To paraphrase the theme song from a popular movie of the last century, If there’s something strange going on in your Mac, who you gonna call? Unless you’ve been hiding in a non-internet equipped closet for the past year, you’ve seen many, many MacKeeper ads on Mac-oriented web sites.
If MacKeeper is so good, why does it need such a steady stream of online advertising? Has any non-Adobe, non-Apple, non-Microsoft app ever been as advertised online as MacKeeper? I ask, because my college-age daughter thought her Mac needed MacKeeper. Why? Because those MacKeeper ads told her so.
Heavy handed advertising tactics notwithstanding, MacKeeper bills itself as 911 for your Mac. What it really amounts to is a conglomerate of over a dozen modest utilities of dubious collective value in an attractive package with a healthy price tag. There’s AntiVirus protection (no in-the-wild viruses for Macs), Fast Cleanup, Anti-Theft, UnDelete, UpdateTracker, Data Encryptor, Backup, Wise Uninstaller, Geek on Demand, Duplicates Finder, Shredder, and more.
These are all basic Mac utilities which your Mac may or may not need, but the bundle makes the price tag seem like a deal. I’m reminded of Adobe’s CS5.5 bundles. A bunch of apps at a bargain price when compared to the retail price of each. Or, think of it as those 100 apps in-one-bundle for the iPhone for 99-cents.
Except that MacKeeper isn’t that cheap. Those gazillion online ads scream out to Mac newbies, Buy Me, Or Your Mac May Die! The problem is, I see more scare tactics in the advertising and the web site than I do useful functionality in the bundle. The AntiVirus scare tactics alone scare me away. It’s just not true that MacKeeper’s Antivirus will Protect your Mac from all security threats. No app can boast that claim and remain credible.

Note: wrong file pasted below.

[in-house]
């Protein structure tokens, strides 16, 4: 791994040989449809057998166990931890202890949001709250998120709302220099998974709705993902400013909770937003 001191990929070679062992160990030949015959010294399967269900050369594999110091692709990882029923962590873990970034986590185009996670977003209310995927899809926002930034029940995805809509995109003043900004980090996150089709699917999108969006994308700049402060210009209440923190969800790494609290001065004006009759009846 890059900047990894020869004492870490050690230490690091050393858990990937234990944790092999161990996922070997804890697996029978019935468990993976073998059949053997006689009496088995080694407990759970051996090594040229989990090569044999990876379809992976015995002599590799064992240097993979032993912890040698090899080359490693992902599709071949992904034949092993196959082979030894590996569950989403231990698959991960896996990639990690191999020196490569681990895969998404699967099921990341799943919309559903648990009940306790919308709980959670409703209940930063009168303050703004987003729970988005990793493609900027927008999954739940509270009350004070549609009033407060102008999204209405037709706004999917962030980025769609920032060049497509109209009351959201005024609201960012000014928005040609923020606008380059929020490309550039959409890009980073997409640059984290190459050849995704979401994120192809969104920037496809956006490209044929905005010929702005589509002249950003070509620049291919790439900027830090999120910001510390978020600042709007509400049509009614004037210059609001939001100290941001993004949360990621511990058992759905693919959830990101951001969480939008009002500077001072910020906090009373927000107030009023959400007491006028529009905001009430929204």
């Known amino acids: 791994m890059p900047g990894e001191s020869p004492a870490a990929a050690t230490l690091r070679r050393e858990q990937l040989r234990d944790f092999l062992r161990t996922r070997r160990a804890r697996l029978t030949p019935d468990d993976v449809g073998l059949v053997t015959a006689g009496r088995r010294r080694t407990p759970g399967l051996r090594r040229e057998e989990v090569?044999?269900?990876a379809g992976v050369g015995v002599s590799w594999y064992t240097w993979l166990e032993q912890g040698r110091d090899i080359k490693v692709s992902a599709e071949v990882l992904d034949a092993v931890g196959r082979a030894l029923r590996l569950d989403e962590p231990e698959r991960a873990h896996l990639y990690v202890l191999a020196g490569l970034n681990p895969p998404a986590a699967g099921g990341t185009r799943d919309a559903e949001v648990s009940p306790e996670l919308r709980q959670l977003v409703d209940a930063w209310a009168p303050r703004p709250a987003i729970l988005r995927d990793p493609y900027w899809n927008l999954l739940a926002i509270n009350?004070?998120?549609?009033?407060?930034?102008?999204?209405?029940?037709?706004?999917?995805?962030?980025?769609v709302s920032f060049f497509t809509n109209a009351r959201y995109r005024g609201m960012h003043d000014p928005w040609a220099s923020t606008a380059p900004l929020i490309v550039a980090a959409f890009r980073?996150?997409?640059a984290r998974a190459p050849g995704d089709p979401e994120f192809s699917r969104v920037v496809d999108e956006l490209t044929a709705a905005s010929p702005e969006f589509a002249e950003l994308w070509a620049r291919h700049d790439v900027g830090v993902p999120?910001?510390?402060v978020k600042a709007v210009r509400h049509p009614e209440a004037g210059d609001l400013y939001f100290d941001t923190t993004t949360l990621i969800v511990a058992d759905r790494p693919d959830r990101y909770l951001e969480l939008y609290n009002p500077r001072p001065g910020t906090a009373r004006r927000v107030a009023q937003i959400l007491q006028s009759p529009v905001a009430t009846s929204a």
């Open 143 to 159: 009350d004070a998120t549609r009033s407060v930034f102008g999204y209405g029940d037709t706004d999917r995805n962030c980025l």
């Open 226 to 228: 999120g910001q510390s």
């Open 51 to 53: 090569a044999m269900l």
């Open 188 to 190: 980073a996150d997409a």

Data Encryptor? Your Mac has that built in. Backup? There are better tools for free. Shredder? Your Mac has that built in. See the trend?
If you think your Mac is running slower than it should, you might be tempted to look at Fast Cleanup, which does what a dozen free Mac apps already do– clean caches. The Files Finder finds files. So does Spotlight, and that’s already on your Mac.
Duplicates Finder looks useful. Except I’ve been using a Mac for over 20 years and have yet to need to find duplicates of anything on my Mac. The Update Tracker claims to scan your Mac for apps, and mark those that need updates. That’s handy. MacUpdate Desktop does that for a fee. The Mac App Store does it for free.
The Login Items looks interesting, but should not be considered optimization for your Mac. Some of that functionality is already built in to your Mac. Ditto for Default Apps, a function easily controlled by the Finder.
At the price MacKeeper charges for the bundle of utilities, you’d hope support would be good. There’s a phone number, live online chat, and a relatively detailed manual. The MacKeeper web site is slick, colorful, and chock full of reasons why you need each of the utilities in the bundle.
MacKeeper boasts a US office, and a home office in the Ukraine. I count nearly a dozen attractive, young managers and employees (from the photos online). MacKeeper must have strong sales to support such a large staff, and it probably started life with plenty of investment money. Online advertising isn’t cheap. Neither is MacKeeper.
Me? I worry more about an expensive package of tools that do mostly what my Mac already does. And, of course, I worry about apps that take root on my Mac and what some of those tools may do while I’m asleep. That fear keeps me away. What keeps you from using MacKeeper?
We suspect it’s a bad reputation that’s well deserved.
UPDATE – We received an email from Mike Clark of ZeoBit, the makers of MacKeeper.
This review is really good and we really thank you for the quality that went in to this article. However, the comments are pretty bad and we would like to have them removed. The tone and suggestive nature of some of these comments are in poor taste and misleading.
Please remove this comment…
Mike asked us specifically to remove Jason Ng’s comment, which you can read below. Let’s take a vote. Would you rather have us remove Jason’s comment, or have MacKeeper remove their ads?